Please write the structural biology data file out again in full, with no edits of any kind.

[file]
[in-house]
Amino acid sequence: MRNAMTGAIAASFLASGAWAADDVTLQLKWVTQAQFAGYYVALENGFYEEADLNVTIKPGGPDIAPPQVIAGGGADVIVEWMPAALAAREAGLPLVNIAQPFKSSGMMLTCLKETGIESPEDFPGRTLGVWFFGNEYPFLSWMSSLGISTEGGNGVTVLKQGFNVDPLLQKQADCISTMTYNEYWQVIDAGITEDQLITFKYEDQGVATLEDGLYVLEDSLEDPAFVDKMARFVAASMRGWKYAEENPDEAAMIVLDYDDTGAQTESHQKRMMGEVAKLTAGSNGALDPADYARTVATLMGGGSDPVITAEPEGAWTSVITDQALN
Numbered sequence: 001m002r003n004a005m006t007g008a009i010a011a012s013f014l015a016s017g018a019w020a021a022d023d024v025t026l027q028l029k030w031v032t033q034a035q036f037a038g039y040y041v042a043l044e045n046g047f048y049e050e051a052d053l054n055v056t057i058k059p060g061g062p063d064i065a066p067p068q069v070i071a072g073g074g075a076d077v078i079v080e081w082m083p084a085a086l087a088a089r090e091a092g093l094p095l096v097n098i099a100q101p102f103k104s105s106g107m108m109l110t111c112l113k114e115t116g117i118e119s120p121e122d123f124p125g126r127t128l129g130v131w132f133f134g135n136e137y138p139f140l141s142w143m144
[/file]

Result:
[in-house]
Amino acid sequence: MRNAMTGAIAASFLASGAWAADDVTLQLKWVTQAQFAGYYVALENGFYEEADLNVTIKPGGPDIAPPQVIAGGGADVIVEWMPAALAAREAGLPLVNIAQPFKSSGMMLTCLKETGIESPEDFPGRTLGVWFFGNEYPFLSWMSSLGISTEGGNGVTVLKQGFNVDPLLQKQADCISTMTYNEYWQVIDAGITEDQLITFKYEDQGVATLEDGLYVLEDSLEDPAFVDKMARFVAASMRGWKYAEENPDEAAMIVLDYDDTGAQTESHQKRMMGEVAKLTAGSNGALDPADYARTVATLMGGGSDPVITAEPEGAWTSVITDQALN
Numbered sequence: 001m002r003n004a005m006t007g008a009i010a011a012s013f014l015a016s017g018a019w020a021a022d023d024v025t026l027q028l029k030w031v032t033q034a035q036f037a038g039y040y041v042a043l044e045n046g047f048y049e050e051a052d053l054n055v056t057i058k059p060g061g062p063d064i065a066p067p068q069v070i071a072g073g074g075a076d077v078i079v080e081w082m083p084a085a086l087a088a089r090e091a092g093l094p095l096v097n098i099a100q101p102f103k104s105s106g107m108m109l110t111c112l113k114e115t116g117i118e119s120p121e122d123f124p125g126r127t128l129g130v131w132f133f134g135n136e137y138p139f140l141s142w143m144